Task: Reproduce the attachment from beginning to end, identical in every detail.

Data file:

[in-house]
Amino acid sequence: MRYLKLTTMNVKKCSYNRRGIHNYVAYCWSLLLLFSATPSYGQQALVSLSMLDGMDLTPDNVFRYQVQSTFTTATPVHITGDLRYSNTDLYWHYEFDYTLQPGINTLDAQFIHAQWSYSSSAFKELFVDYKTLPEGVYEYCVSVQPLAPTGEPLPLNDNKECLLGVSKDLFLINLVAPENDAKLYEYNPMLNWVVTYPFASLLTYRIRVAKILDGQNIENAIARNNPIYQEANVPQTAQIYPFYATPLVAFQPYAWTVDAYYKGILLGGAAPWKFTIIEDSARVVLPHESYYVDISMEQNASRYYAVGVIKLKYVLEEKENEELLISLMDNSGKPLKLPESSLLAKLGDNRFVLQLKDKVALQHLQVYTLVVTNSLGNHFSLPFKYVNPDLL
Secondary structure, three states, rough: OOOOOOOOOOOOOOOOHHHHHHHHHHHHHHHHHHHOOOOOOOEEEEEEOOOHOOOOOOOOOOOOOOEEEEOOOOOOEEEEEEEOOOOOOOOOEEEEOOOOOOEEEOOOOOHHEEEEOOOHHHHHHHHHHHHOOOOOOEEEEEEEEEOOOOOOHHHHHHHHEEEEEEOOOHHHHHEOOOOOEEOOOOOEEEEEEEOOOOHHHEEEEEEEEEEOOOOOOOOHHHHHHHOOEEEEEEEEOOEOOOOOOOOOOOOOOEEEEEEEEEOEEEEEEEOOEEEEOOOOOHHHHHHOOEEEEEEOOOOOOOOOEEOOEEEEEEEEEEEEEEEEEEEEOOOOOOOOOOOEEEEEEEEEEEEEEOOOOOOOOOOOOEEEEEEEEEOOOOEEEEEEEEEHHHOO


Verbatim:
[in-house]
Amino acid sequence: MRYLKLTTMNVKKCSYNRRGIHNYVAYCWSLLLLFSATPSYGQQALVSLSMLDGMDLTPDNVFRYQVQSTFTTATPVHITGDLRYSNTDLYWHYEFDYTLQPGINTLDAQFIHAQWSYSSSAFKELFVDYKTLPEGVYEYCVSVQPLAPTGEPLPLNDNKECLLGVSKDLFLINLVAPENDAKLYEYNPMLNWVVTYPFASLLTYRIRVAKILDGQNIENAIARNNPIYQEANVPQTAQIYPFYATPLVAFQPYAWTVDAYYKGILLGGAAPWKFTIIEDSARVVLPHESYYVDISMEQNASRYYAVGVIKLKYVLEEKENEELLISLMDNSGKPLKLPESSLLAKLGDNRFVLQLKDKVALQHLQVYTLVVTNSLGNHFSLPFKYVNPDLL
Secondary structure, three states, rough: OOOOOOOOOOOOOOOOHHHHHHHHHHHHHHHHHHHOOOOOOOEEEEEEOOOHOOOOOOOOOOOOOOEEEEOOOOOOEEEEEEEOOOOOOOOOEEEEOOOOOOEEEOOOOOHHEEEEOOOHHHHHHHHHHHHOOOOOOEEEEEEEEEOOOOOOHHHHHHHHEEEEEEOOOHHHHHEOOOOOEEOOOOOEEEEEEEOOOOHHHEEEEEEEEEEOOOOOOOOHHHHHHHOOEEEEEEEEOOEOOOOOOOOOOOOOOEEEEEEEEEOEEEEEEEOOEEEEOOOOOHHHHHHOOEEEEEEOOOOOOOOOEEOOEEEEEEEEEEEEEEEEEEEEOOOOOOOOOOOEEEEEEEEEEEEEEOOOOOOOOOOOOEEEEEEEEEOOOOEEEEEEEEEHHHOO